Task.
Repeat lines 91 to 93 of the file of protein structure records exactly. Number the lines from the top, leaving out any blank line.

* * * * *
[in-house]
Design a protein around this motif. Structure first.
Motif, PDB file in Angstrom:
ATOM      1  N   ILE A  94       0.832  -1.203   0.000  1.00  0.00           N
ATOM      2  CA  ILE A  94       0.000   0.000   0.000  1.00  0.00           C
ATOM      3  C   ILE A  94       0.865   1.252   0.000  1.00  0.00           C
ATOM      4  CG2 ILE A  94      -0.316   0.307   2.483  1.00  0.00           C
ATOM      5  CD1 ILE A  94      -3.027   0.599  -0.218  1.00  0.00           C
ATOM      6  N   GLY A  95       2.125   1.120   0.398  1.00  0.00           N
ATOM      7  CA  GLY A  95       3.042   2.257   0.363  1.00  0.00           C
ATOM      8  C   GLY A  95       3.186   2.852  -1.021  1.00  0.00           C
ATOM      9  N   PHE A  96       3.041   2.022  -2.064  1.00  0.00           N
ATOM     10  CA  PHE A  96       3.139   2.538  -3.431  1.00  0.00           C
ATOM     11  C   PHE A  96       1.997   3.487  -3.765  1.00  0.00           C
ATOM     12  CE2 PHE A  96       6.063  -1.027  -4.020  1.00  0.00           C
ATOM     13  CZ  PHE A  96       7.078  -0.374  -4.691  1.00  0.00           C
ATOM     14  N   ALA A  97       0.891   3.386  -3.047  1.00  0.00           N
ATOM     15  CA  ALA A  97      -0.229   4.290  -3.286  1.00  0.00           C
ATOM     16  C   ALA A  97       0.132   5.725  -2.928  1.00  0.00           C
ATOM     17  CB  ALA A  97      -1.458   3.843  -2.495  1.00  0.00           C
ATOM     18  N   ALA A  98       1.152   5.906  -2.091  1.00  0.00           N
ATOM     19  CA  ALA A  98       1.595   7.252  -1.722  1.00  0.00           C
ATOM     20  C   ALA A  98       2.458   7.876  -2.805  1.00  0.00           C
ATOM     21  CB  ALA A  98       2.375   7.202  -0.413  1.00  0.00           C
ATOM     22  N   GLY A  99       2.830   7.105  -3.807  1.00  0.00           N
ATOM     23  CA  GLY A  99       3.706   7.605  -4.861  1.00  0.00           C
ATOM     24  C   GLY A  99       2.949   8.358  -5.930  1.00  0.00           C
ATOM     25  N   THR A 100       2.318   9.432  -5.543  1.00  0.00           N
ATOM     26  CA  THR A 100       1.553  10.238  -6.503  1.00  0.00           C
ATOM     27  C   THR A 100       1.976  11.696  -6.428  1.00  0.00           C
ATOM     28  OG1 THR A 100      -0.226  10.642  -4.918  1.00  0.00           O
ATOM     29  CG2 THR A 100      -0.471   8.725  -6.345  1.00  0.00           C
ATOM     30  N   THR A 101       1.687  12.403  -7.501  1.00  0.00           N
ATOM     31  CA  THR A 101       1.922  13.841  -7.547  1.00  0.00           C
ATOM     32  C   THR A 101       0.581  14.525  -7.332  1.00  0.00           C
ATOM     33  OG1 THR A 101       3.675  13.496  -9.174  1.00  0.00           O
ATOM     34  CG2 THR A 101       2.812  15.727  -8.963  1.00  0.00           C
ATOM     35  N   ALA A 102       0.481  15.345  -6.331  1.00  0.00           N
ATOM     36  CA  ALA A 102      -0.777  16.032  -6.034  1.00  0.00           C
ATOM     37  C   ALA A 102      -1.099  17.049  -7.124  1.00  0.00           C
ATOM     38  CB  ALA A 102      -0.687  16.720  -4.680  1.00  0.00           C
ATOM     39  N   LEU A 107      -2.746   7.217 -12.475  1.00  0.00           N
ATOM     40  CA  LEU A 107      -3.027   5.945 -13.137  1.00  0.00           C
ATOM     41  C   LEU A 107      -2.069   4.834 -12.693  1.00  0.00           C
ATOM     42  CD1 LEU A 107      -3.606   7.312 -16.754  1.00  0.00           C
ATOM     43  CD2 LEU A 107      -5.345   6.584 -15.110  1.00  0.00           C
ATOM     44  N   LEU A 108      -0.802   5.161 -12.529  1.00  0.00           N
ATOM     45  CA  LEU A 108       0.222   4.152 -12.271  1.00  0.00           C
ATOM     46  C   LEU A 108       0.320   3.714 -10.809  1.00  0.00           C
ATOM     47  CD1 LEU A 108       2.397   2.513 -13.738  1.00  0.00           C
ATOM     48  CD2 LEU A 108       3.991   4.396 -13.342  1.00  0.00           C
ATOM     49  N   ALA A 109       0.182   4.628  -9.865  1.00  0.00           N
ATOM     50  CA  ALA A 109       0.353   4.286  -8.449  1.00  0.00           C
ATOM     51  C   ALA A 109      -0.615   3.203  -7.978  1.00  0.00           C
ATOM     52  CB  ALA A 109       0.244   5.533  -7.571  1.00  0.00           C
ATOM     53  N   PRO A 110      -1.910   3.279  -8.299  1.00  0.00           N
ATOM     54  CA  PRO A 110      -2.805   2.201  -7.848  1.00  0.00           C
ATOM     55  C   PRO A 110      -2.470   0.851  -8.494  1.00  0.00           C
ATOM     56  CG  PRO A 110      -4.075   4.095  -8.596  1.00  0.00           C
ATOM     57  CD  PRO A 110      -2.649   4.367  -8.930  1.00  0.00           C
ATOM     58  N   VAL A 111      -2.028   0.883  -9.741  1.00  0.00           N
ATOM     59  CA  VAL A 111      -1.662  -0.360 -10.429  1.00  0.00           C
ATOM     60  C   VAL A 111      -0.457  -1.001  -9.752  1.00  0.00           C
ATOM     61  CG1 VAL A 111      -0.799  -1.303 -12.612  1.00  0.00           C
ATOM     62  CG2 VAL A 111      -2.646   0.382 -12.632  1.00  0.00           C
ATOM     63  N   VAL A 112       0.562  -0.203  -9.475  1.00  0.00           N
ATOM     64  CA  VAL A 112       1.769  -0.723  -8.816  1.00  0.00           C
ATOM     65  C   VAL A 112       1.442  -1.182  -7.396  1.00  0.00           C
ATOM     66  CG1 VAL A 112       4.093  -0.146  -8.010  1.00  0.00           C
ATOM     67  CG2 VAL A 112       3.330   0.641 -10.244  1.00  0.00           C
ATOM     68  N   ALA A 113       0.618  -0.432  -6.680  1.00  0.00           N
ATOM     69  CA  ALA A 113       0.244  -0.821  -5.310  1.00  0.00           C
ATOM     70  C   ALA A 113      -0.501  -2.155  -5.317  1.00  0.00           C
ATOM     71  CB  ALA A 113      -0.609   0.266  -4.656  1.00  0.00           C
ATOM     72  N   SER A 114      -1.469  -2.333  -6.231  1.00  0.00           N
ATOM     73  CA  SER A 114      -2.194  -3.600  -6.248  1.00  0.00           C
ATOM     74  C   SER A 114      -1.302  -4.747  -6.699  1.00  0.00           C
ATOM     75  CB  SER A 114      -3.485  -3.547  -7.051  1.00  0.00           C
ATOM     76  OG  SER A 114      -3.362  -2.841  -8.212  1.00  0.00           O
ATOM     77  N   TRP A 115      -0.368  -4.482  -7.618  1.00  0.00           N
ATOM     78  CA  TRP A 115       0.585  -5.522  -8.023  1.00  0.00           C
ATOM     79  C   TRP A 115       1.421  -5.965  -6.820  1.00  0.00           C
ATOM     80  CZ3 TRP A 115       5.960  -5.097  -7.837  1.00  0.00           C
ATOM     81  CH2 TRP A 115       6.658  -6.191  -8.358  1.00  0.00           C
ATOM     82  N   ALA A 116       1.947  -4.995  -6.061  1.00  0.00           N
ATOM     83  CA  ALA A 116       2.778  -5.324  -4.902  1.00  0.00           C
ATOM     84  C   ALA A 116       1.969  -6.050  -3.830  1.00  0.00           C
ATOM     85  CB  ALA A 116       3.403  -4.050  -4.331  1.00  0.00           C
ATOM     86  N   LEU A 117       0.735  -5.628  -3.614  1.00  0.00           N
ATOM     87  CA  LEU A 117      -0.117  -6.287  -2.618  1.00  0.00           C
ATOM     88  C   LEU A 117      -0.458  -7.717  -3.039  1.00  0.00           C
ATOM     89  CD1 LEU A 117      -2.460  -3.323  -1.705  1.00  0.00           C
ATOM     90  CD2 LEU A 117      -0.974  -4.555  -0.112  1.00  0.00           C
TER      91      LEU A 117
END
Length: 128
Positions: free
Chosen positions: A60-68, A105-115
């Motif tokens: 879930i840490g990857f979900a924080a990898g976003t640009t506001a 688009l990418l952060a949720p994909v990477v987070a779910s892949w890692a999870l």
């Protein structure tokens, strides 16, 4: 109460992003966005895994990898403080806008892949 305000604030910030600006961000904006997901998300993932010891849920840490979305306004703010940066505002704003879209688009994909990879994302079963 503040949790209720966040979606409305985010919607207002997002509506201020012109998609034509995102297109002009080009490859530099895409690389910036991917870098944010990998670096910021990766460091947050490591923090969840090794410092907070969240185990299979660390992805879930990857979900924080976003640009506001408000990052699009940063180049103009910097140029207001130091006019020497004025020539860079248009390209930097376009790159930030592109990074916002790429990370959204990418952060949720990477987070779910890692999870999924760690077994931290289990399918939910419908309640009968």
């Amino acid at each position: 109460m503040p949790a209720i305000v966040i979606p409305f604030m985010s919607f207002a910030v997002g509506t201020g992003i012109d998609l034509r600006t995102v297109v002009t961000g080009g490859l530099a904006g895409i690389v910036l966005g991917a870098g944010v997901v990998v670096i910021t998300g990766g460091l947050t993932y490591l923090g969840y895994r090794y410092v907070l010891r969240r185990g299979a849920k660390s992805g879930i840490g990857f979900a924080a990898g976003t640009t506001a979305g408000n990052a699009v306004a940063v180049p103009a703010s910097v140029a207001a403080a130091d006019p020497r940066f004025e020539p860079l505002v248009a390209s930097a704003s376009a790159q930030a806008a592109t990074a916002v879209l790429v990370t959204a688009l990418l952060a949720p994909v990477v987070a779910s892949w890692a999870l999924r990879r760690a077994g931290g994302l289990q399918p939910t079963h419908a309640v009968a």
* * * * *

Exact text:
ATOM     88  C   LEU A 117      -0.458  -7.717  -3.039  1.00  0.00           C
ATOM     89  CD1 LEU A 117      -2.460  -3.323  -1.705  1.00  0.00           C
ATOM     90  CD2 LEU A 117      -0.974  -4.555  -0.112  1.00  0.00           C